The climate wars that have been going on in Australian politics for over a decade are frustrating and tragic, not only because of Australia’s vulnerability to climate change but because Australia holds such promise with renewable energy. Parties on all sides of the political spectrum have engaged in flawed decision making and wasted opportunities in pursuit of their short-term political interests.

On 22 April 2021, Scott Morrison participated in the Leaders Summit for Climate, hosted by US President Joe Biden. “Australia is on the pathway to net zero.” These were the words of Morrison at the summit. …

After a tumultuous nine years of legal, environmental and political struggle, Australia’s largest ever coal mine finally began construction in late June. It’s the most controversial project of its kind in Australian history; the mine will release more than 4.6 billion tonnes of carbon dioxide into the atmosphere, contribute to the destruction of the Great Barrier Reef, and destroy ancestral lands and waters of First Nations peoples. The mine has been condemned by leading climate scientists and hit with multiple legal challenges, so far to no avail.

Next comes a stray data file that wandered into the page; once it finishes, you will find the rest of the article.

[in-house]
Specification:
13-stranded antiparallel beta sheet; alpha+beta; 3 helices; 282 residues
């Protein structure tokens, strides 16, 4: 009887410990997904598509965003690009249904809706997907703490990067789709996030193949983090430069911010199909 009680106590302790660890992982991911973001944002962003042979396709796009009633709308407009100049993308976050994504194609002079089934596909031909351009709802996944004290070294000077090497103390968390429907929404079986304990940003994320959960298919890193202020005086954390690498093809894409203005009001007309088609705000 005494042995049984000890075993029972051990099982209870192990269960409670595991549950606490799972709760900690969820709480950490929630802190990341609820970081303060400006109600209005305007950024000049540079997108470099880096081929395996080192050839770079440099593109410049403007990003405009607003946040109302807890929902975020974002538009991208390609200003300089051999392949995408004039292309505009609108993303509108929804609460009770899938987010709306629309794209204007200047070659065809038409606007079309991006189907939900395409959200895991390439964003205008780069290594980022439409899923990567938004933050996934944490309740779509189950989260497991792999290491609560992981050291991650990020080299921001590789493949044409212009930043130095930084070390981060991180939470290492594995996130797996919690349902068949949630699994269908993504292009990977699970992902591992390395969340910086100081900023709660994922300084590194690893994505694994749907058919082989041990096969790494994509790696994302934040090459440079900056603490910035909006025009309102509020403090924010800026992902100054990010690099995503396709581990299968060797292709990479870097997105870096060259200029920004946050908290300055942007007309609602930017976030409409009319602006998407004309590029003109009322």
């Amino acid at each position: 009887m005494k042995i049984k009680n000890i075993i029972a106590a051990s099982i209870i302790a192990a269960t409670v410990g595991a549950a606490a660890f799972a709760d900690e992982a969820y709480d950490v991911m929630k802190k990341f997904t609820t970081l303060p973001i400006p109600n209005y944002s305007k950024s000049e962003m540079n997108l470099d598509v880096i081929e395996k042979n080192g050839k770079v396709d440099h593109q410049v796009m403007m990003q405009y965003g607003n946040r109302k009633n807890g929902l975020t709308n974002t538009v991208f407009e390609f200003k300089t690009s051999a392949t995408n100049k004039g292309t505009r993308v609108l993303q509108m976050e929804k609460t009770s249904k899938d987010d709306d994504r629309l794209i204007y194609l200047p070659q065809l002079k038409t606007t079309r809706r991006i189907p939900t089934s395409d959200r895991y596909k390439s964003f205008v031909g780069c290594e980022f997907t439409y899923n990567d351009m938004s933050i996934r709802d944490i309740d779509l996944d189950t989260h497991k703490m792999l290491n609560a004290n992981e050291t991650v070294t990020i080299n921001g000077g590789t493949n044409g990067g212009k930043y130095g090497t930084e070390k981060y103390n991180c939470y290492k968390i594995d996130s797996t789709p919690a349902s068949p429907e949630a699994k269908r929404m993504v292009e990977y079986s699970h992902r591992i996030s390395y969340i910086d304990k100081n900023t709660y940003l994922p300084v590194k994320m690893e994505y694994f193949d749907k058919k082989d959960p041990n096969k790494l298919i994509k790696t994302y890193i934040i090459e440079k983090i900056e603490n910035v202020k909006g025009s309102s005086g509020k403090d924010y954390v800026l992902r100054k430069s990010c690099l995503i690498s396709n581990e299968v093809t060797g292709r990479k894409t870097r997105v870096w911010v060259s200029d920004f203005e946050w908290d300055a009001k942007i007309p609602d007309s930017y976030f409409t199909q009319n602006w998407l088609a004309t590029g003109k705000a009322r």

But what are the facts about Adani’s Carmichael coal mine in Queensland?

Firstly, what is Adani?


On April 21 2019, the world looked on in horror as three upscale hotels and three churches were bombed in Sri Lanka during Easter morning services. These attacks were a series of coordinated terrorist attacks. The attack led to 257 deaths and over 500 injuries, including three police officers who were killed while tracking down suspects.

The government of Sri Lanka blamed a local jihadist organisation, National Thowheed Jamath (NTJ) for the bombings, but the Islamic State of Iraq and the Levant (ISIL) has also taken credit for the bombing in Colombo, declaring that their militants carried out the attacks…

In April 2019, New Zealand experienced a terrorist attack that revealed human nature at its worst. As the dust began to settle, social media’s role in the Christchurch Massacre was called into question. The attacker, live streamed the massacre via Facebook. In the days leading up to it, he published a manifesto that brimmed with extremist vitriol.

The reaction to the events was almost predictable. Part of human nature involves searching for an immediate and punishable target when tragedy unfolds. In the aftermath of the Christchurch Massacre, that target became social media.

Fast forward to the Summit Against Online Extremism…

Tammy Paola

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